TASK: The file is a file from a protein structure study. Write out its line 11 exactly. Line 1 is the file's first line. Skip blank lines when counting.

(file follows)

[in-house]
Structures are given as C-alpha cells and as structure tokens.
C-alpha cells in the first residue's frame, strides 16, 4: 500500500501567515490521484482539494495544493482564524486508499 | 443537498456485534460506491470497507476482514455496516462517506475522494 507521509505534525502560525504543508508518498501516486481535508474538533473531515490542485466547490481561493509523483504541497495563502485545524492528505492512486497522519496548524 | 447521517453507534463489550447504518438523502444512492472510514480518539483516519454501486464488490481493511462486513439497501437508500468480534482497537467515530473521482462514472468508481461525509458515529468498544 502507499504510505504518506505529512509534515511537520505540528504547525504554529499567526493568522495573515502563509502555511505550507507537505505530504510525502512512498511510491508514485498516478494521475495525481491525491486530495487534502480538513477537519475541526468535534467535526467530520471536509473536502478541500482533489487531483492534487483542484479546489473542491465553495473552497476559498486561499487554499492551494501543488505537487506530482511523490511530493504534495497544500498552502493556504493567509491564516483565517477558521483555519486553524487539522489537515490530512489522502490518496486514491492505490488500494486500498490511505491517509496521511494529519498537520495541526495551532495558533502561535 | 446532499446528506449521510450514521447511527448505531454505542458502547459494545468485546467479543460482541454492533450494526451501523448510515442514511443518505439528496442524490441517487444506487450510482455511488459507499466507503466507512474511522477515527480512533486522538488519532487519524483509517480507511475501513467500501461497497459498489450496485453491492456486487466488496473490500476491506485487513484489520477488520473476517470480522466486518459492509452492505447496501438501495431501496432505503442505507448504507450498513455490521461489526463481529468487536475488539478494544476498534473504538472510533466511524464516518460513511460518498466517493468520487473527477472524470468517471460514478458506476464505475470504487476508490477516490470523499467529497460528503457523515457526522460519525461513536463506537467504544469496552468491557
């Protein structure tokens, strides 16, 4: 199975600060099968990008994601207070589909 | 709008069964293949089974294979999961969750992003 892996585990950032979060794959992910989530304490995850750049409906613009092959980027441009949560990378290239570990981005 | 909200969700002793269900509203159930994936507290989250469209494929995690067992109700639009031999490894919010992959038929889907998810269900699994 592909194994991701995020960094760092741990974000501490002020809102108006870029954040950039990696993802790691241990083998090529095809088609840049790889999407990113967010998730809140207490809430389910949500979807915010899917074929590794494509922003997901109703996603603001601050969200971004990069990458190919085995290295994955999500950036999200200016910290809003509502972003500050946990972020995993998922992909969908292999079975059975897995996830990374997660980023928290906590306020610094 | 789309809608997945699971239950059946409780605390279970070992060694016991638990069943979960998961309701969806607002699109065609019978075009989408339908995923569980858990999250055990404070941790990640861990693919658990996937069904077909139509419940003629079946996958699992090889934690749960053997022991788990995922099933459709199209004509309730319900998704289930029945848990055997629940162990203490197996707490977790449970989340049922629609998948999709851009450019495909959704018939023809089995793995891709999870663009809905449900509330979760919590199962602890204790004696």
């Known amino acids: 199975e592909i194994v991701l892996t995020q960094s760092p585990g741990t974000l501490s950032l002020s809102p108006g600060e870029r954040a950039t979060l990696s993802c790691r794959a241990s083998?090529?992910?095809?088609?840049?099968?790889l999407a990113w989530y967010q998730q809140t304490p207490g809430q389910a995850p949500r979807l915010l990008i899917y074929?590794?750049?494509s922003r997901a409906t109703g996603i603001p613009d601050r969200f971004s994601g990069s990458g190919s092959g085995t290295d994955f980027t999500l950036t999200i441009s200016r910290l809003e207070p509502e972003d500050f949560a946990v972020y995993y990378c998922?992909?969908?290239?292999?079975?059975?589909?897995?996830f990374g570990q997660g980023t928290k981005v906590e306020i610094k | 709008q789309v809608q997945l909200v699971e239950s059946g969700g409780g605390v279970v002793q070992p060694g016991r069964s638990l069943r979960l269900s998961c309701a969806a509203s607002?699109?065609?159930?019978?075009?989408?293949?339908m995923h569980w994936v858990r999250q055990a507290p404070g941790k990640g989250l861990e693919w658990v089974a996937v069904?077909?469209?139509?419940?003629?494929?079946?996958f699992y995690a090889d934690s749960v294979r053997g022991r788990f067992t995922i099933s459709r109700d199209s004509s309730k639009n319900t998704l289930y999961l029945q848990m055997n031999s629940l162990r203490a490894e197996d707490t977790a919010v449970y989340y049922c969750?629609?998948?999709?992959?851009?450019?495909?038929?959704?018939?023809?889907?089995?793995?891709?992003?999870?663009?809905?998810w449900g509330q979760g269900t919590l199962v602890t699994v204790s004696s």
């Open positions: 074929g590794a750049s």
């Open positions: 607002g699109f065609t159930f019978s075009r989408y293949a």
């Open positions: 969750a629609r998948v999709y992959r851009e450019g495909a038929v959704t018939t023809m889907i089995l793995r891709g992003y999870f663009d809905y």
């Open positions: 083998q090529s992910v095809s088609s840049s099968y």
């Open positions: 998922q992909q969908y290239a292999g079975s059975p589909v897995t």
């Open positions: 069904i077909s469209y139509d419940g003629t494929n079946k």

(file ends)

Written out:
């Open positions: 069904i077909s469209y139509d419940g003629t494929n079946k």